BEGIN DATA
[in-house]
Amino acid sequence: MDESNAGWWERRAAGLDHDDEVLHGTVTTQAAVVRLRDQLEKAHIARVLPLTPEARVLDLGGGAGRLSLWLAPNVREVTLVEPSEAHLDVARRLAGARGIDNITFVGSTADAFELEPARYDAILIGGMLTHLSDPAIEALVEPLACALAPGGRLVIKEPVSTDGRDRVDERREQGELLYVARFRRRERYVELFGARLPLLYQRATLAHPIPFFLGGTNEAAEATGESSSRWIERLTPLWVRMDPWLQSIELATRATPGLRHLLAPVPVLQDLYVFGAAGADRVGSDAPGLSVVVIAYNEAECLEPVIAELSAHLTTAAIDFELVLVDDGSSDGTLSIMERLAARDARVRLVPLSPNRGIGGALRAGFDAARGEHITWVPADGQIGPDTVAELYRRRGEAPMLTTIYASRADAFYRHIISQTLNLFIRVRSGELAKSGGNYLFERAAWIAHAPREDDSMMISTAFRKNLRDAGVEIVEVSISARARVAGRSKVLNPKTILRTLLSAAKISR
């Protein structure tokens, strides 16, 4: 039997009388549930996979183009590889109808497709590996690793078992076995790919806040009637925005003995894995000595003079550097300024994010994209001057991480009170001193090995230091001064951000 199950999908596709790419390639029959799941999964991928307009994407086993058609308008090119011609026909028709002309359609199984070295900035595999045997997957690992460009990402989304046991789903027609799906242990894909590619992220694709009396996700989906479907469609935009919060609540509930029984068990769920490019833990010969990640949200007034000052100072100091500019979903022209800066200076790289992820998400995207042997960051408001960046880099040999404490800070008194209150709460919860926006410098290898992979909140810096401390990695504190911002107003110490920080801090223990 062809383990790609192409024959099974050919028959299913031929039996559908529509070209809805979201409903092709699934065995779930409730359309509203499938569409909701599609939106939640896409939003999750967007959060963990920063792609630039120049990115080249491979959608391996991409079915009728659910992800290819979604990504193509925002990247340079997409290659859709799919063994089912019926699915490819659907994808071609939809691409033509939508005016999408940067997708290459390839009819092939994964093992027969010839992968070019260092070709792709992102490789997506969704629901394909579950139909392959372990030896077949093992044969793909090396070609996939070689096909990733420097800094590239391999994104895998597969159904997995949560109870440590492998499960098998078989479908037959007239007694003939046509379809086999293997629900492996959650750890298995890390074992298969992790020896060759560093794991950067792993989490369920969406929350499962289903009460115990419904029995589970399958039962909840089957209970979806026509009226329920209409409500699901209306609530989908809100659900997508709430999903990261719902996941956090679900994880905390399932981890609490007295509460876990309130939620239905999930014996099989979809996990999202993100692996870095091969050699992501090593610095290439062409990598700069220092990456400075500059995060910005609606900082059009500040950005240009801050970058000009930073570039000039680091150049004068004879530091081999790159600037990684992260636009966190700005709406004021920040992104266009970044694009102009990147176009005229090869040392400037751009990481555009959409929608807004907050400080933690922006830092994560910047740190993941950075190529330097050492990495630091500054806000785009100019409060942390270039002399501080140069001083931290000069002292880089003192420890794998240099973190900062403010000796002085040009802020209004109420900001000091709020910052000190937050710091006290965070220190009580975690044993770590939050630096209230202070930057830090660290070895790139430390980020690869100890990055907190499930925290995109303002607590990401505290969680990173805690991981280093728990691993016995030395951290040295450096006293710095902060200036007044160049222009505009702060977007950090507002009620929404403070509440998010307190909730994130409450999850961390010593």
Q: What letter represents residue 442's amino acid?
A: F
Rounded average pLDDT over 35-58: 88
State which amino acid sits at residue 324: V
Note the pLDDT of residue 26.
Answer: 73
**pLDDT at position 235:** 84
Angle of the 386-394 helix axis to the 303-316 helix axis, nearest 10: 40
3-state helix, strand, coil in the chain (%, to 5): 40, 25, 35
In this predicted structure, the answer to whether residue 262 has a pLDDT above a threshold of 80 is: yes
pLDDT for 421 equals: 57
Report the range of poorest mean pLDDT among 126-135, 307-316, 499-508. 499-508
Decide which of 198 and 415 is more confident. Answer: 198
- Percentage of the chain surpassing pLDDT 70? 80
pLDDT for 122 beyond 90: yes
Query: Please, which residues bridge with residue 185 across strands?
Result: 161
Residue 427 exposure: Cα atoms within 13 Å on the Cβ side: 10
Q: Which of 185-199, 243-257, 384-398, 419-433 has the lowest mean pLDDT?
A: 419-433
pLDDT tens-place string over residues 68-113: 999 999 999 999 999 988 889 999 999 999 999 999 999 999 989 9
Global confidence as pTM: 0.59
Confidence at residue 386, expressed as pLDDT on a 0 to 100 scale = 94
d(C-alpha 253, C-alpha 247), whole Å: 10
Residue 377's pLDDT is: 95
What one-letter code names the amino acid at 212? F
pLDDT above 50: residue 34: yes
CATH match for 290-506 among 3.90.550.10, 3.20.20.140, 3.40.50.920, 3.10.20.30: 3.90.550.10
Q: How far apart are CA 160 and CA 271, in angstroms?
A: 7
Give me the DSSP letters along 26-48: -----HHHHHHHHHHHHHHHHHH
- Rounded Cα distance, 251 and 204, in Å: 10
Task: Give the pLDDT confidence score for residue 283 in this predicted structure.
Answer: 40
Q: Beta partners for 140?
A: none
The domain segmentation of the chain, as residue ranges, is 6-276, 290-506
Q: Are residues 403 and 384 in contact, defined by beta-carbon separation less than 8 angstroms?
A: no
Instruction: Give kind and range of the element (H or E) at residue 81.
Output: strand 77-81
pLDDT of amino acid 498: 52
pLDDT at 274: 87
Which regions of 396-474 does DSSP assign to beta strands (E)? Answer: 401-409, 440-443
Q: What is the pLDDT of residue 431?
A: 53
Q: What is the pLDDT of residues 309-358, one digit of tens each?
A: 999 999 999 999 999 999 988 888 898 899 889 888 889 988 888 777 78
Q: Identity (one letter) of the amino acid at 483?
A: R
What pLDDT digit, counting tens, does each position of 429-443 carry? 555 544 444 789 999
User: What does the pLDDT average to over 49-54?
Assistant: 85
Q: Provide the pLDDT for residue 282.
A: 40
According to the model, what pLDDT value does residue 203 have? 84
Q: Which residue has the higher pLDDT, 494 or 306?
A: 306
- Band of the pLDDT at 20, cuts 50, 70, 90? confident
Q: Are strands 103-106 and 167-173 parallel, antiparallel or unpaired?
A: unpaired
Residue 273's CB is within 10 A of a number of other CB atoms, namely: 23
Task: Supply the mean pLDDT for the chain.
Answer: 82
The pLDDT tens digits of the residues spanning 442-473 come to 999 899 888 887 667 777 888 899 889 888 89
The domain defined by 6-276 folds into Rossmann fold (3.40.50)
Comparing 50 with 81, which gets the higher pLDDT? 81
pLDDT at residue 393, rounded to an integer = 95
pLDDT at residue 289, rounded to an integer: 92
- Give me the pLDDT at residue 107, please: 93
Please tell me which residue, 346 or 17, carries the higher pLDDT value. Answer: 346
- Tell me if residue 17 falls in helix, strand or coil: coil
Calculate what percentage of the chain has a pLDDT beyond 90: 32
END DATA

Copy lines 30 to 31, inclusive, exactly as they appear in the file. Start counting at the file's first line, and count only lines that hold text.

pLDDT above 50: residue 34: yes
CATH match for 290-506 among 3.90.550.10, 3.20.20.140, 3.40.50.920, 3.10.20.30: 3.90.550.10